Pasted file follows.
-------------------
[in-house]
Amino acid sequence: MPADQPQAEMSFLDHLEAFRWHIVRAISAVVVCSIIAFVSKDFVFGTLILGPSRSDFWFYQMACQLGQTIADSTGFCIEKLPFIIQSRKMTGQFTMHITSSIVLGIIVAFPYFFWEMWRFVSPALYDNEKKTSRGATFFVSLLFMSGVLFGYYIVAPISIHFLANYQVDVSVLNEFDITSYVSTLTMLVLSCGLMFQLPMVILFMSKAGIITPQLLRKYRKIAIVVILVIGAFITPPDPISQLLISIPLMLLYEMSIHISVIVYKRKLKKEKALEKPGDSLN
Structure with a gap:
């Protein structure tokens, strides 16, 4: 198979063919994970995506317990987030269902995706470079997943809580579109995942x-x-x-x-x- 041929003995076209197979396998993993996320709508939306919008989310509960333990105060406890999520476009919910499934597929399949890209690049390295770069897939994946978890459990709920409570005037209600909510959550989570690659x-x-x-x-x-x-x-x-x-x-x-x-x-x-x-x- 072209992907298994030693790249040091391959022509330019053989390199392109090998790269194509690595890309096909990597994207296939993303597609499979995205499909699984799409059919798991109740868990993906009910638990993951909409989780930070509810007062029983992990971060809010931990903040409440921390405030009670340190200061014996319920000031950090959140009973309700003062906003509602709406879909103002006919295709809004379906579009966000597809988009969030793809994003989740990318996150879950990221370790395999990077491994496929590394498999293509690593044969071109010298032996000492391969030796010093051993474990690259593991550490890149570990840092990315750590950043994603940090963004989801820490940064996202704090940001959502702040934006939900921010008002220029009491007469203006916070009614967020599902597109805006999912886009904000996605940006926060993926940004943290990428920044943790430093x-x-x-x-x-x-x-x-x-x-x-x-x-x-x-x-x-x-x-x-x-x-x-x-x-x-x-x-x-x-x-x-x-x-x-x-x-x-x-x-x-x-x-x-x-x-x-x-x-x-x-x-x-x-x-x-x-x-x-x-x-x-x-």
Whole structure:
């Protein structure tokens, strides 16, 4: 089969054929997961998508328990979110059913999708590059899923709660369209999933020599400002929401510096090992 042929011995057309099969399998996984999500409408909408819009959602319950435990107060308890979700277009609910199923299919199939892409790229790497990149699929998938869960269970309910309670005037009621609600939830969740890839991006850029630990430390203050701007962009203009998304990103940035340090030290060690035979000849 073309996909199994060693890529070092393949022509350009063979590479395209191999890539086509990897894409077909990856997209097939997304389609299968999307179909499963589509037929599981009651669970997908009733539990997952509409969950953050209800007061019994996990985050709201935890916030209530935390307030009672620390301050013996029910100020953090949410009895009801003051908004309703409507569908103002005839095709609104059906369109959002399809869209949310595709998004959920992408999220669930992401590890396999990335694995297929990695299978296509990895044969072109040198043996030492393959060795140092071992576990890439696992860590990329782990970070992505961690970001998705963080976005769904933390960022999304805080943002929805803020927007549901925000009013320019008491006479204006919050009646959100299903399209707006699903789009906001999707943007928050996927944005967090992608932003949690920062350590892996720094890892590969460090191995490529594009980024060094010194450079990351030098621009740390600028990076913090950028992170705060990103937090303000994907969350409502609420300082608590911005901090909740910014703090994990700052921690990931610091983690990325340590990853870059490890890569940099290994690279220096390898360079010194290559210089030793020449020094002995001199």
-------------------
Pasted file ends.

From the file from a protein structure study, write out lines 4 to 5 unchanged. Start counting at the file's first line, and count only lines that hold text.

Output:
């Protein structure tokens, strides 16, 4: 198979063919994970995506317990987030269902995706470079997943809580579109995942x-x-x-x-x- 041929003995076209197979396998993993996320709508939306919008989310509960333990105060406890999520476009919910499934597929399949890209690049390295770069897939994946978890459990709920409570005037209600909510959550989570690659x-x-x-x-x-x-x-x-x-x-x-x-x-x-x-x- 072209992907298994030693790249040091391959022509330019053989390199392109090998790269194509690595890309096909990597994207296939993303597609499979995205499909699984799409059919798991109740868990993906009910638990993951909409989780930070509810007062029983992990971060809010931990903040409440921390405030009670340190200061014996319920000031950090959140009973309700003062906003509602709406879909103002006919295709809004379906579009966000597809988009969030793809994003989740990318996150879950990221370790395999990077491994496929590394498999293509690593044969071109010298032996000492391969030796010093051993474990690259593991550490890149570990840092990315750590950043994603940090963004989801820490940064996202704090940001959502702040934006939900921010008002220029009491007469203006916070009614967020599902597109805006999912886009904000996605940006926060993926940004943290990428920044943790430093x-x-x-x-x-x-x-x-x-x-x-x-x-x-x-x-x-x-x-x-x-x-x-x-x-x-x-x-x-x-x-x-x-x-x-x-x-x-x-x-x-x-x-x-x-x-x-x-x-x-x-x-x-x-x-x-x-x-x-x-x-x-x-």
Whole structure: